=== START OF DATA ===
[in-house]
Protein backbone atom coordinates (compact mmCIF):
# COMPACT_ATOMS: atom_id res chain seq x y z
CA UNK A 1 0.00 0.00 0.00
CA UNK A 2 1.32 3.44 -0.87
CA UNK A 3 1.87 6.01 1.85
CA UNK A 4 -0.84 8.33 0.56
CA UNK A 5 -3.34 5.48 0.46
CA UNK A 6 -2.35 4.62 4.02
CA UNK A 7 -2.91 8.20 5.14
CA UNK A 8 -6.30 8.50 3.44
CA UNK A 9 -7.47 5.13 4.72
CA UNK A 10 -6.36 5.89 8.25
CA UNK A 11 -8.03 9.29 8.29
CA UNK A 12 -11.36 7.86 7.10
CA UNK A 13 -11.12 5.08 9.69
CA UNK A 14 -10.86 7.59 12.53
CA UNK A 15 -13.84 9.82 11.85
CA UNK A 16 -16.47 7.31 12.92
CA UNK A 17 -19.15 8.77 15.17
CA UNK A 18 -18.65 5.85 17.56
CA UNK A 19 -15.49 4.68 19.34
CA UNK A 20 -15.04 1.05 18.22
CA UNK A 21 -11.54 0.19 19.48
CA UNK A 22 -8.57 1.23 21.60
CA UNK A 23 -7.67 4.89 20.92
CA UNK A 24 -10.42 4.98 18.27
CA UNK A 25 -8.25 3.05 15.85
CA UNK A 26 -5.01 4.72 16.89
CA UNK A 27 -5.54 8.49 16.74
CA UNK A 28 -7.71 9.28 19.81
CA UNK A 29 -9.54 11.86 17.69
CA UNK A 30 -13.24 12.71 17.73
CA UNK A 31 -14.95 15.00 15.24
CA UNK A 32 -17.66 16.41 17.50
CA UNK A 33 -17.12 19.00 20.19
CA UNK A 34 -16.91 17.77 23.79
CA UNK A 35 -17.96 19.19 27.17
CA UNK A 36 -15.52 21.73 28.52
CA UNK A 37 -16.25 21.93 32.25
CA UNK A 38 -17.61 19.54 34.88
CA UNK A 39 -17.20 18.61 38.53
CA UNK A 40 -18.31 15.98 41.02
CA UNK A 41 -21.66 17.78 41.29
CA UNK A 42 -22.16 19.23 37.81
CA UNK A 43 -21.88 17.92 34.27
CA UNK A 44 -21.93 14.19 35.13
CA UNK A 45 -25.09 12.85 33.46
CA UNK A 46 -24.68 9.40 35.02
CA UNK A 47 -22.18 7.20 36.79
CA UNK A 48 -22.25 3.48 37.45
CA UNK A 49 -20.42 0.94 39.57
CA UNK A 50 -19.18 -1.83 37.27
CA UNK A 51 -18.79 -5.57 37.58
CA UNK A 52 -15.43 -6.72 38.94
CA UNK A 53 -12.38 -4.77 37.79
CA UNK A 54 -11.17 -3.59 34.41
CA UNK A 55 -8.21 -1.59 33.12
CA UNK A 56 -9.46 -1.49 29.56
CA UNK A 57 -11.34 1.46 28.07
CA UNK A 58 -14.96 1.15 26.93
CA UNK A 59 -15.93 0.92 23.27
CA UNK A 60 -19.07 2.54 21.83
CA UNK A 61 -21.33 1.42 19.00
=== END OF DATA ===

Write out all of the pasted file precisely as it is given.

[in-house]
Protein backbone atom coordinates (compact mmCIF):
# COMPACT_ATOMS: atom_id res chain seq x y z
CA UNK A 1 0.00 0.00 0.00
CA UNK A 2 1.32 3.44 -0.87
CA UNK A 3 1.87 6.01 1.85
CA UNK A 4 -0.84 8.33 0.56
CA UNK A 5 -3.34 5.48 0.46
CA UNK A 6 -2.35 4.62 4.02
CA UNK A 7 -2.91 8.20 5.14
CA UNK A 8 -6.30 8.50 3.44
CA UNK A 9 -7.47 5.13 4.72
CA UNK A 10 -6.36 5.89 8.25
CA UNK A 11 -8.03 9.29 8.29
CA UNK A 12 -11.36 7.86 7.10
CA UNK A 13 -11.12 5.08 9.69
CA UNK A 14 -10.86 7.59 12.53
CA UNK A 15 -13.84 9.82 11.85
CA UNK A 16 -16.47 7.31 12.92
CA UNK A 17 -19.15 8.77 15.17
CA UNK A 18 -18.65 5.85 17.56
CA UNK A 19 -15.49 4.68 19.34
CA UNK A 20 -15.04 1.05 18.22
CA UNK A 21 -11.54 0.19 19.48
CA UNK A 22 -8.57 1.23 21.60
CA UNK A 23 -7.67 4.89 20.92
CA UNK A 24 -10.42 4.98 18.27
CA UNK A 25 -8.25 3.05 15.85
CA UNK A 26 -5.01 4.72 16.89
CA UNK A 27 -5.54 8.49 16.74
CA UNK A 28 -7.71 9.28 19.81
CA UNK A 29 -9.54 11.86 17.69
CA UNK A 30 -13.24 12.71 17.73
CA UNK A 31 -14.95 15.00 15.24
CA UNK A 32 -17.66 16.41 17.50
CA UNK A 33 -17.12 19.00 20.19
CA UNK A 34 -16.91 17.77 23.79
CA UNK A 35 -17.96 19.19 27.17
CA UNK A 36 -15.52 21.73 28.52
CA UNK A 37 -16.25 21.93 32.25
CA UNK A 38 -17.61 19.54 34.88
CA UNK A 39 -17.20 18.61 38.53
CA UNK A 40 -18.31 15.98 41.02
CA UNK A 41 -21.66 17.78 41.29
CA UNK A 42 -22.16 19.23 37.81
CA UNK A 43 -21.88 17.92 34.27
CA UNK A 44 -21.93 14.19 35.13
CA UNK A 45 -25.09 12.85 33.46
CA UNK A 46 -24.68 9.40 35.02
CA UNK A 47 -22.18 7.20 36.79
CA UNK A 48 -22.25 3.48 37.45
CA UNK A 49 -20.42 0.94 39.57
CA UNK A 50 -19.18 -1.83 37.27
CA UNK A 51 -18.79 -5.57 37.58
CA UNK A 52 -15.43 -6.72 38.94
CA UNK A 53 -12.38 -4.77 37.79
CA UNK A 54 -11.17 -3.59 34.41
CA UNK A 55 -8.21 -1.59 33.12
CA UNK A 56 -9.46 -1.49 29.56
CA UNK A 57 -11.34 1.46 28.07
CA UNK A 58 -14.96 1.15 26.93
CA UNK A 59 -15.93 0.92 23.27
CA UNK A 60 -19.07 2.54 21.83
CA UNK A 61 -21.33 1.42 19.00